Year-End Reminders and Health Care Reform Developments

Benefits Brief
November 7, 2013

The IRS has recently announced the various qualified plan related limits for 2014. The following table includes the most widely used limits relating to qualified plans and includes both the 2013 and 2014 amounts.

IRS Announces Key 2014 Indexed Limits



Compensation limit



Section 415(b) limit



Section 415(c) limit



Section 402(g)/401(k) limit



Catch-up contributions



HCE threshold



Officer (top heavy) threshold



Taxable wage base



Use of Tax-Favored Arrangements To Purchase Individual Health Insurance Prohibited Beginning in 2014

In a reversal of long-standing guidance, the IRS recently announced that effective for plan years beginning on or after January 1, 2014, employer subsidies for individual health insurance policies will be taxable, and employees may no longer use pre-tax dollars to pay for any of their share of the cost of these policies through a Section 125 ("cafeteria") plan.

Since the early 1960s, employers generally have been able to pay premiums directly or reimburse employees and former employees for the cost of individual health insurance policies without those payments or reimbursements being taxable to the individual. Similarly, subject to applicable nondiscrimination testing requirements, an employee could use pre-tax dollars under a Section 125 plan to pay for his or her own share of the cost of an individual health insurance policy.

The IRS has now determined that these arrangements, as well as certain health reimbursement arrangements ("HRAs"), violate the "market reform" provisions of the Affordable Care Act ("ACA"). While employers can continue to subsidize the cost of an individual health insurance policy, once the new rule becomes effective, employers may no longer do so on a tax-free basis, and employees will not be able to use pre-tax dollars to pay for such coverage. (It is possible, however, for an arrangement maintained solely for retirees to meet the ACA requirements, and HRAs coupled with employer-sponsored group health plans are still permitted.)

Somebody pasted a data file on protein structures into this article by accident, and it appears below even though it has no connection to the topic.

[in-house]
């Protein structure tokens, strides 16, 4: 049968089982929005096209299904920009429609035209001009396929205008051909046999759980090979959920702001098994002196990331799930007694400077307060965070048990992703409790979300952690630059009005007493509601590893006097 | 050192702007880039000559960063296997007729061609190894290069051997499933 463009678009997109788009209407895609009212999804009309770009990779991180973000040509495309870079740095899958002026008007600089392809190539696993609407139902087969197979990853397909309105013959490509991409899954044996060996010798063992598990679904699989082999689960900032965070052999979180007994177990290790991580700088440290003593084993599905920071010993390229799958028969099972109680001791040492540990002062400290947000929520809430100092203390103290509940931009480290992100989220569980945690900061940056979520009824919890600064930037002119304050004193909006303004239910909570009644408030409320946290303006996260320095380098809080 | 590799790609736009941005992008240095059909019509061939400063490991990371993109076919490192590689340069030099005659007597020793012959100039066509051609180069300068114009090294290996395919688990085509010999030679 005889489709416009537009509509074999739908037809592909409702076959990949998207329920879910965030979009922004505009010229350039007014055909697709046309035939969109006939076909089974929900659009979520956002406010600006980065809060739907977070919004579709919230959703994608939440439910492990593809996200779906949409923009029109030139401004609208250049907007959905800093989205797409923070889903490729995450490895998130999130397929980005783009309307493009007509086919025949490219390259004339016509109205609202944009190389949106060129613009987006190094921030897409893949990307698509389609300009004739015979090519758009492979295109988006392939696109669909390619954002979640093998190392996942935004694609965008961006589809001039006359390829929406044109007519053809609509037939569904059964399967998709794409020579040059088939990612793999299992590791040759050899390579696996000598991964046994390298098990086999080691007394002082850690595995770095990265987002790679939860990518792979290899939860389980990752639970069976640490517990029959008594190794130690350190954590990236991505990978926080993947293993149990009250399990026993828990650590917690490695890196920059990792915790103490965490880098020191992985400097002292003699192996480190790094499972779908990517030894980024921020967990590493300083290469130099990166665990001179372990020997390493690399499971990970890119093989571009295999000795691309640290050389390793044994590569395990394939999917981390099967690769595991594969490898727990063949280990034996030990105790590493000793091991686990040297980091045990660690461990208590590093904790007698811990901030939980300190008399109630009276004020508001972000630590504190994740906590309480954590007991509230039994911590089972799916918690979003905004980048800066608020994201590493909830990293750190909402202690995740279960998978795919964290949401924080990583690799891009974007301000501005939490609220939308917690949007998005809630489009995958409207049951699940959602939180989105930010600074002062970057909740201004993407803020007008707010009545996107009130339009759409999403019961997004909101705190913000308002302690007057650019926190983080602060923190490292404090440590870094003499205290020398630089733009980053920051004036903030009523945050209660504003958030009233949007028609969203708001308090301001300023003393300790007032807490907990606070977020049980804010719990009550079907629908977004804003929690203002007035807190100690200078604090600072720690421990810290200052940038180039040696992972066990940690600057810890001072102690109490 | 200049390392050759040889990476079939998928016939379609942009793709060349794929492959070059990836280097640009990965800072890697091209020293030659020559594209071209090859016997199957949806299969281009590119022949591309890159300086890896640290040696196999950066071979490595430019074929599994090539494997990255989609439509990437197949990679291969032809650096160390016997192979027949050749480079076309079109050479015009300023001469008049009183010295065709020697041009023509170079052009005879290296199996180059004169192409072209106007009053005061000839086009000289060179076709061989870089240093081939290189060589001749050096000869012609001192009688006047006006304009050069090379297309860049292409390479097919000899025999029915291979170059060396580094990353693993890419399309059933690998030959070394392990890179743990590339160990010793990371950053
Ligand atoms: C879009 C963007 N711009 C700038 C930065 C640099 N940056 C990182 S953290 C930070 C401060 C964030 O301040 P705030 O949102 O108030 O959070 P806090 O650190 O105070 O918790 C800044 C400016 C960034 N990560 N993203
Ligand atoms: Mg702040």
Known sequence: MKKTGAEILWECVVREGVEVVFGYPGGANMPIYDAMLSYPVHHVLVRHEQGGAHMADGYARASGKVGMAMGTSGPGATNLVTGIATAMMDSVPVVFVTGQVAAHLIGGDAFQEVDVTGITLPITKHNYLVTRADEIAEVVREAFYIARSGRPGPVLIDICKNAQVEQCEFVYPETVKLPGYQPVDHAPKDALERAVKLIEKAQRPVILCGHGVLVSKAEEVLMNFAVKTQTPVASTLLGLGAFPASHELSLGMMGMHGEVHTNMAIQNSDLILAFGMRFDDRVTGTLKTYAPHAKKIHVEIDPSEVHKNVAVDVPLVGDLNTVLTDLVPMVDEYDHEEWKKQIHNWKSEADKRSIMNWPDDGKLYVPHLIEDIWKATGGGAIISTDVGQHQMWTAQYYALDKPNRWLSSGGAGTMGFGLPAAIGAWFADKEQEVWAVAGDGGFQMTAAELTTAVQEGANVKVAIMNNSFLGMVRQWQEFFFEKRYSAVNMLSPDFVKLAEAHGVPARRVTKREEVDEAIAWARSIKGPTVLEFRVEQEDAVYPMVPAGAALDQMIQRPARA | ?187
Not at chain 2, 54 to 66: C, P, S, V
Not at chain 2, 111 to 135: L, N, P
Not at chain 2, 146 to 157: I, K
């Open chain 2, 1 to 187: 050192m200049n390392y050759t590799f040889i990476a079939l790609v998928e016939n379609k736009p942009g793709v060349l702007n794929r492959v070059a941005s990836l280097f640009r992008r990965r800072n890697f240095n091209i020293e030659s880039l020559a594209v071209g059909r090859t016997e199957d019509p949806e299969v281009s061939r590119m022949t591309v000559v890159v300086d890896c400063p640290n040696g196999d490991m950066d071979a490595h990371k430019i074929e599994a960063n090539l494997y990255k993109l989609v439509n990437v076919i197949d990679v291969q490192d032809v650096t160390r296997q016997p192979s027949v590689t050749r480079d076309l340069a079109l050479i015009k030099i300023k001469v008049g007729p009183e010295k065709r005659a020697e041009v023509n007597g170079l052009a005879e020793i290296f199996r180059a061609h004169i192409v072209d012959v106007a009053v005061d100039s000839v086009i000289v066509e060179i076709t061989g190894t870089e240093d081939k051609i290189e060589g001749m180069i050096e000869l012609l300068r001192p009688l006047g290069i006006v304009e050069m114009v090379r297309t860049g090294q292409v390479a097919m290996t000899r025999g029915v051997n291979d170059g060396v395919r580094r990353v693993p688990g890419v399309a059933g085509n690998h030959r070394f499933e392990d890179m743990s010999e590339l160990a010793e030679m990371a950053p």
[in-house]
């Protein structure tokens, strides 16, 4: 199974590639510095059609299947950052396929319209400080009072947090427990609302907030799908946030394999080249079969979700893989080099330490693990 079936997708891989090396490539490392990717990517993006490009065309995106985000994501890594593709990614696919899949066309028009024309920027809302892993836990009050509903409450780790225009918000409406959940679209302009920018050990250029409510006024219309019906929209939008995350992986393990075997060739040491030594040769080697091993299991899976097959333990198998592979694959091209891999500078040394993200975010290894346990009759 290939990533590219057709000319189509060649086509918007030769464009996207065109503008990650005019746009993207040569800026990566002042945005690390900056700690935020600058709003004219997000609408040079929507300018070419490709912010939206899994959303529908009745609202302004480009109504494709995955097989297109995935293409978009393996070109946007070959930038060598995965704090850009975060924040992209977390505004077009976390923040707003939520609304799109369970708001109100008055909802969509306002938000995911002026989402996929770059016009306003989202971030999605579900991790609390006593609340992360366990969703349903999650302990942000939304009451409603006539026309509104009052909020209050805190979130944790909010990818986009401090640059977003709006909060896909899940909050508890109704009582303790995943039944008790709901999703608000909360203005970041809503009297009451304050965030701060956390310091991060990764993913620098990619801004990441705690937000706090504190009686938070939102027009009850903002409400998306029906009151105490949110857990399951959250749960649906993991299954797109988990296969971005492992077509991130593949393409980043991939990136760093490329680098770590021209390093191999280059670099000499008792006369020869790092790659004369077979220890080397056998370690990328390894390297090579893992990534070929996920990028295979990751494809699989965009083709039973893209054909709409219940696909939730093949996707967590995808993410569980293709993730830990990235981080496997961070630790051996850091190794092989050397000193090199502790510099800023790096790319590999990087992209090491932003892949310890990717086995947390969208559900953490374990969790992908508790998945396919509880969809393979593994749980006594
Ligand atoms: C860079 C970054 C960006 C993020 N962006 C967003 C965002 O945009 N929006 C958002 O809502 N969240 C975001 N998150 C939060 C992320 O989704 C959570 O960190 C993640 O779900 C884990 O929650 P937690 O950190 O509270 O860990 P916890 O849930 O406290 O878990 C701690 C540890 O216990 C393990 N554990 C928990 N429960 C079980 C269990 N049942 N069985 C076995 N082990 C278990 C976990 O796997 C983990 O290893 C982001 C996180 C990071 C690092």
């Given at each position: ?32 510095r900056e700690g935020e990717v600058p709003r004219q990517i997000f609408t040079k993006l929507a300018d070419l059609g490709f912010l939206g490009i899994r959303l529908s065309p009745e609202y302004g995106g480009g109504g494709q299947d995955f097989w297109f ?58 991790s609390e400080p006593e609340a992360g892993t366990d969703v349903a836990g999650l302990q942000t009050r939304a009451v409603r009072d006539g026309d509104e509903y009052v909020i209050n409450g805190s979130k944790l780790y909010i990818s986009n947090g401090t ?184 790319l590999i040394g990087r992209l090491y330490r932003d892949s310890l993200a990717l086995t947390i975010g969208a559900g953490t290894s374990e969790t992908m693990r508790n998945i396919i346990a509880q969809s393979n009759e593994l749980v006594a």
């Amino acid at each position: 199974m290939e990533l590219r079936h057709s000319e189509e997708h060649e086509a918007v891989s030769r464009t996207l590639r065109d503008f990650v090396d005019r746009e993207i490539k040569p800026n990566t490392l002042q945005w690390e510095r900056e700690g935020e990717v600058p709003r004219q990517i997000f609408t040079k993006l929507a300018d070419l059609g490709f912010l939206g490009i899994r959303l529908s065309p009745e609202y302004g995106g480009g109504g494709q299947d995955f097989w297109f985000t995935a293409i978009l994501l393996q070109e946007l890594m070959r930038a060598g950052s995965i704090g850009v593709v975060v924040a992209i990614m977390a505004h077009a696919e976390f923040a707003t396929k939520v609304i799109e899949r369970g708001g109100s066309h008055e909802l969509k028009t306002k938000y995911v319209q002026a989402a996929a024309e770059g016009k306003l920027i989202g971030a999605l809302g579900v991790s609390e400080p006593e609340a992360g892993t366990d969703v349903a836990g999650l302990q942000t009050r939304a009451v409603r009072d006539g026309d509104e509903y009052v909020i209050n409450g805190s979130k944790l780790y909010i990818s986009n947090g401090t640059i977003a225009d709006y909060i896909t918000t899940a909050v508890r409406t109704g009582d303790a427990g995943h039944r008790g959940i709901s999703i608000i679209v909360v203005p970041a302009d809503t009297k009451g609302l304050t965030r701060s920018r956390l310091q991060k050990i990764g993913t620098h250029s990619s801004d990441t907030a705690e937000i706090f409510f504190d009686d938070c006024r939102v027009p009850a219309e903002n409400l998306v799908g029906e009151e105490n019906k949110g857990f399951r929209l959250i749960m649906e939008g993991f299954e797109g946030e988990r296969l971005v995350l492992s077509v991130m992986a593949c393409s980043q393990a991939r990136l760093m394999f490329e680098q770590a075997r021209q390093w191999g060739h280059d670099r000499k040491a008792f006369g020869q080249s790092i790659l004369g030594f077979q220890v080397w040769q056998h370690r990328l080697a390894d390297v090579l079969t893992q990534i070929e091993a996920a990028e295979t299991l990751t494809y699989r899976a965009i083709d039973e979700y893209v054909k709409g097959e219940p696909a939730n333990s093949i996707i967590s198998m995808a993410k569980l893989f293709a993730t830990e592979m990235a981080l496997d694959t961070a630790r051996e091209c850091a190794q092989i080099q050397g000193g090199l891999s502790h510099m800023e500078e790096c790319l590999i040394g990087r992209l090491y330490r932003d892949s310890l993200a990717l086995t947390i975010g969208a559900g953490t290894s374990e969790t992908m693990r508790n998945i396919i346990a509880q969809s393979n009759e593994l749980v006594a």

The IRS position results in a direct clash with a key requirement of the health care reform law adopted in Massachusetts in 2006. Under that law, Massachusetts employers with at least 11 employees are required to offer a Section 125 plan that permits certain employees to use pre-tax dollars to pay for individual health insurance policies available from the Massachusetts Health Connector. Although certain changes were made to the Massachusetts law this summer, the Section 125 plan requirement remained in place. In light of the new IRS position, the Connector has just announced that, pending action by the Massachusetts legislature to repeal the requirement, it will not be enforcing the Section 125 plan requirement, or enforcing the so-called "free rider" penalties against employers who do not maintain a Section 125 plan meeting Massachusetts health care reform requirements. Although Massachusetts employers may continue to permit employees to use a Section 125 plan to purchase individual health insurance policies from the Connector through the end of the plan year, if employees choose to do so they will be ineligible for federal premium tax credits, which may be more valuable than the tax benefits provided by a Section 125 plan. For employees who prefer to make a change, the IRS has provided relief from the irrevocable election requirement under Section 125. Under a special transition rule available for plan years beginning in 2013, employers may amend their Section 125 plan to permit employees to revoke or change their Section 125 plan elections mid-year as part of a change in their health coverage.